No. The court held in Rogers v. Bellei that the latter's citizenship could be revoked as a result of his not having met certain conditions imposed upon him by Congress under Congress' Constitutional power to "establish an uniform Rule of Naturalization." In so holding, the court observed that "our [Constitutional] law in this area follows English concepts with an acceptance of the jus soli, that is, that the place of birth governs citizenship status except as modified by statute." It identified in the Fourteenth Amendment "an express constitutional definition of citizenship. But [this] was one restricted to the combination of three factors, each and all significant: birth in the United States, naturalization in the United States, and subjection to the jurisdiction of the United States. The definition obviously did not apply to any acquisition of citizenship by being born abroad of an American parent. That type, and any other not covered by the Fourteenth Amendment, was necessarily left to proper congressional action."
In other words, Rogers v. Bellei did not address this issue directly, but it certainly didn't help Cruz's case.
As for the rest of the original post being "nonsense," no, it very much isn't. Inasmuch as common law colors our interpretation of the Framers' language and intent -- and it is humorous to note here that Cruz falls generally on the anti-Cruz end of this consideration -- the answer is clear. Blackstone tells us:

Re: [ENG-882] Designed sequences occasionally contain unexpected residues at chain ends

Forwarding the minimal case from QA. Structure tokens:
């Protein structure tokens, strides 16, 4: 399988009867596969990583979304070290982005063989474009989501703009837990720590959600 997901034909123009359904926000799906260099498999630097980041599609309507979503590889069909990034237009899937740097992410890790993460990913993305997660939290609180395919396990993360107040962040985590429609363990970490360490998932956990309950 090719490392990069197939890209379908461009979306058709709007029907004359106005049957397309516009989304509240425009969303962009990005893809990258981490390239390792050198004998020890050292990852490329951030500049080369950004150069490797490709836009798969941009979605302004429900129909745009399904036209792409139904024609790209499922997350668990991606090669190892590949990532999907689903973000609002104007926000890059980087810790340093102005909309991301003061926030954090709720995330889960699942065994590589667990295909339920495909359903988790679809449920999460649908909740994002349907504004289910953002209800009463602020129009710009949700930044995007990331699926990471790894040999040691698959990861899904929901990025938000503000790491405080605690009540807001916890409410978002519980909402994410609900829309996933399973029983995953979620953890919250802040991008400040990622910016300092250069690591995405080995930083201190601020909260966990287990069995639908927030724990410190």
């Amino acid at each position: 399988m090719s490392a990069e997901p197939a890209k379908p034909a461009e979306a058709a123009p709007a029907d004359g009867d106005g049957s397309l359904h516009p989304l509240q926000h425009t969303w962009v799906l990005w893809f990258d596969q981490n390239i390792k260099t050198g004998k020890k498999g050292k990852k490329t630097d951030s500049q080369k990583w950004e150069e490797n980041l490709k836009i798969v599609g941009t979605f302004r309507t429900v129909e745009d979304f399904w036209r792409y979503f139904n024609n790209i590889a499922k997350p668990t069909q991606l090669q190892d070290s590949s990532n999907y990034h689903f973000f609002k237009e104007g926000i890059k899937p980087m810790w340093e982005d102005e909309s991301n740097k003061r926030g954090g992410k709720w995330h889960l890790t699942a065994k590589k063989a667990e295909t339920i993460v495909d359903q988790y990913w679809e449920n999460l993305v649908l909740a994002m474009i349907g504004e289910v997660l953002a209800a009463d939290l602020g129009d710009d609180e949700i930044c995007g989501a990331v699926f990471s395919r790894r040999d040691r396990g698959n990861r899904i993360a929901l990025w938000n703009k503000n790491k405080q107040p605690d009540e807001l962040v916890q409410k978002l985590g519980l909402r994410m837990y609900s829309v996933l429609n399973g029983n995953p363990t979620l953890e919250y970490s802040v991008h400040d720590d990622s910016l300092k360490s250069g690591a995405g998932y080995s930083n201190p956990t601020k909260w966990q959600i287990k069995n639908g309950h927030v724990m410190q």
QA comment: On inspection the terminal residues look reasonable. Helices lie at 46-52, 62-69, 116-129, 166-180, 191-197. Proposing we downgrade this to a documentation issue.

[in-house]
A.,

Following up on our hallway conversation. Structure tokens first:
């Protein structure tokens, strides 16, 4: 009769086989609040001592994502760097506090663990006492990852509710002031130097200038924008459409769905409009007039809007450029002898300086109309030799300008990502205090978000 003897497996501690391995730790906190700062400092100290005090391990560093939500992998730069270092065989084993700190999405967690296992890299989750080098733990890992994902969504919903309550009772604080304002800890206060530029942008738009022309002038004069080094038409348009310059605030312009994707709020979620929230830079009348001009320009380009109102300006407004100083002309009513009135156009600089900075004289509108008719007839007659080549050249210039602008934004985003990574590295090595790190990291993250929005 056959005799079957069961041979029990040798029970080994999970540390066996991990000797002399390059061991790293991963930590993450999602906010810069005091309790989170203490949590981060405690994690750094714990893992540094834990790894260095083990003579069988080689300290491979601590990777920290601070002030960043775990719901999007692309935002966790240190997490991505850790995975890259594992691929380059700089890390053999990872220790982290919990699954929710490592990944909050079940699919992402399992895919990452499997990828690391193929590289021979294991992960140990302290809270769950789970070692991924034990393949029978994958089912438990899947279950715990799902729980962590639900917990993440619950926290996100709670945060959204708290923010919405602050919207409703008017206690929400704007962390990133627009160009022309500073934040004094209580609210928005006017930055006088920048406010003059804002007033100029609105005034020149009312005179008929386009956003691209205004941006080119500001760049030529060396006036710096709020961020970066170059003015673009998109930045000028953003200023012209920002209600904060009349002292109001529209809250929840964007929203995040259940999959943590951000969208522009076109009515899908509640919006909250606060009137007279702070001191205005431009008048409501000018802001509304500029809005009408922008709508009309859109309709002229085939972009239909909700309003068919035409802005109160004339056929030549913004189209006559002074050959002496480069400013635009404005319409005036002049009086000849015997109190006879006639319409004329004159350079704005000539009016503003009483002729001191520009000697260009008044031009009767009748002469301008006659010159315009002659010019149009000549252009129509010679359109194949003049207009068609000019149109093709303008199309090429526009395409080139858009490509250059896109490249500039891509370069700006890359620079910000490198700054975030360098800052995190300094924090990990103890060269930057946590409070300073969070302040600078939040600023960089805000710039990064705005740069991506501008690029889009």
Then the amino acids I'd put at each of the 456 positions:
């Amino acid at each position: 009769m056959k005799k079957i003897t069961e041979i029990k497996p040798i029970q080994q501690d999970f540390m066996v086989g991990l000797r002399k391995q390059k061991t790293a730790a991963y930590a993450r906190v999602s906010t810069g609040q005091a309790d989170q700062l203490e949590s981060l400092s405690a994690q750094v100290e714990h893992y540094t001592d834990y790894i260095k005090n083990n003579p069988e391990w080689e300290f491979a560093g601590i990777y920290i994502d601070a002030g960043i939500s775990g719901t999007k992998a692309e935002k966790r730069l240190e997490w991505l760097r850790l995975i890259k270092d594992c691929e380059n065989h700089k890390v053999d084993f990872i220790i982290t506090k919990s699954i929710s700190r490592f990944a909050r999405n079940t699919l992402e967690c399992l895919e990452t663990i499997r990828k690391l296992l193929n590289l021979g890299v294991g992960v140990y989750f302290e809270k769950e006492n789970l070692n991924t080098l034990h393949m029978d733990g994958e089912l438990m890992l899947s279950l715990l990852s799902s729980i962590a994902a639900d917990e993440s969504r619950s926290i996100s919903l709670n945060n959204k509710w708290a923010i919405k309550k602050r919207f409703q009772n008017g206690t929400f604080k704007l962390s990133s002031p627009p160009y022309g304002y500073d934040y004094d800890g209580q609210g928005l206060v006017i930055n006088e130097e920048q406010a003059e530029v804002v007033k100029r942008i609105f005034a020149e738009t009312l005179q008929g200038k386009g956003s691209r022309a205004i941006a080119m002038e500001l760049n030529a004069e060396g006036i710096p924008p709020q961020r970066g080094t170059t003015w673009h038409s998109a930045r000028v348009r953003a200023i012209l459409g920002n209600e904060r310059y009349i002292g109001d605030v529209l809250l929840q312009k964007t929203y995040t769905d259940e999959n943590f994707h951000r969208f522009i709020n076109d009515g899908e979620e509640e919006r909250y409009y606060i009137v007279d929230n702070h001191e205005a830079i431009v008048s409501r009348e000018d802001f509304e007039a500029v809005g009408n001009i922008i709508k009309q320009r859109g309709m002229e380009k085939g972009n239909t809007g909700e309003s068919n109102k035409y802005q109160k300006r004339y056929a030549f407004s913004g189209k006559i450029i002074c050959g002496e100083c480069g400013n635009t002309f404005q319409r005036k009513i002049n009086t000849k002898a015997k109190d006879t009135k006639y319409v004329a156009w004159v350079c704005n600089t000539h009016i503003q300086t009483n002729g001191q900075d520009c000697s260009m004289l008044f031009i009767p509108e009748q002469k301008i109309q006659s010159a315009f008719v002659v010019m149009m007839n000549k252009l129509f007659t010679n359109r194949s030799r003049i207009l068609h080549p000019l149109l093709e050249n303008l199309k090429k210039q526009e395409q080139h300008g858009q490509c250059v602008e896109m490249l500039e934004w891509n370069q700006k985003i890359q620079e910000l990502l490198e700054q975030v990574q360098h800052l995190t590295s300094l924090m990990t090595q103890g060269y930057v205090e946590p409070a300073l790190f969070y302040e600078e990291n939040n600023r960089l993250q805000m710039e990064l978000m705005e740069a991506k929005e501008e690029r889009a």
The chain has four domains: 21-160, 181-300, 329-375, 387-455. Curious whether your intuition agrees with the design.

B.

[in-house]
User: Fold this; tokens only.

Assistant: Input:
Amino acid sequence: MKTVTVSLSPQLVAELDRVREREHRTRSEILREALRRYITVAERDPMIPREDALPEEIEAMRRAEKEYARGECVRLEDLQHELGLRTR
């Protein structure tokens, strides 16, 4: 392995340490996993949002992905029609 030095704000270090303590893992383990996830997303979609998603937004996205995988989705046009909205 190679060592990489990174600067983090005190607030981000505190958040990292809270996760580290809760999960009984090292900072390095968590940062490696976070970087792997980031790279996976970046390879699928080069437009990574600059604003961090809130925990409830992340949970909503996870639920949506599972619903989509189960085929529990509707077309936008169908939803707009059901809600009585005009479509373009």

"The common law indeed stood absolutely so; with only a very few exceptions: so that a particular act of parliament [i.e. statutory, not common, law] became necessary after the restoration, for the naturalization of children of his majesty's English subjects, born in foreign countries during the late troubles. And this maxim of the law proceeded upon a general principle, that every man owes natural allegiance where he is born, and cannot owe two such allegiances, or serve two masters, at once. Yet the children of the king's embassadors born abroad were always held to be natural subjects: for as the father, though in a foreign country, owes not even a local allegiance to the prince to whom he is sent; so, with regard to the son also, he was held (by a kind of postliminium) to be born under the king of England's allegiance." [So, per common law, Cruz would have been a natural-born citizen only if his father had been in Canada on diplomatic business as a representative of the United States government.]
Furthermore, the legislation adopted in order to provide that children born abroad to American citizens were to be considered as natural born citizens stands in evidence of the proposition that such children were, as with the Constitution's common-law ancestry, not natural born citizens under Article II, Section 1 of the Constitution. Otherwise Congress would not need to create the law. [And the law isn't around anymore: I believe it was Madison himself who struck those words from the language in 1795.]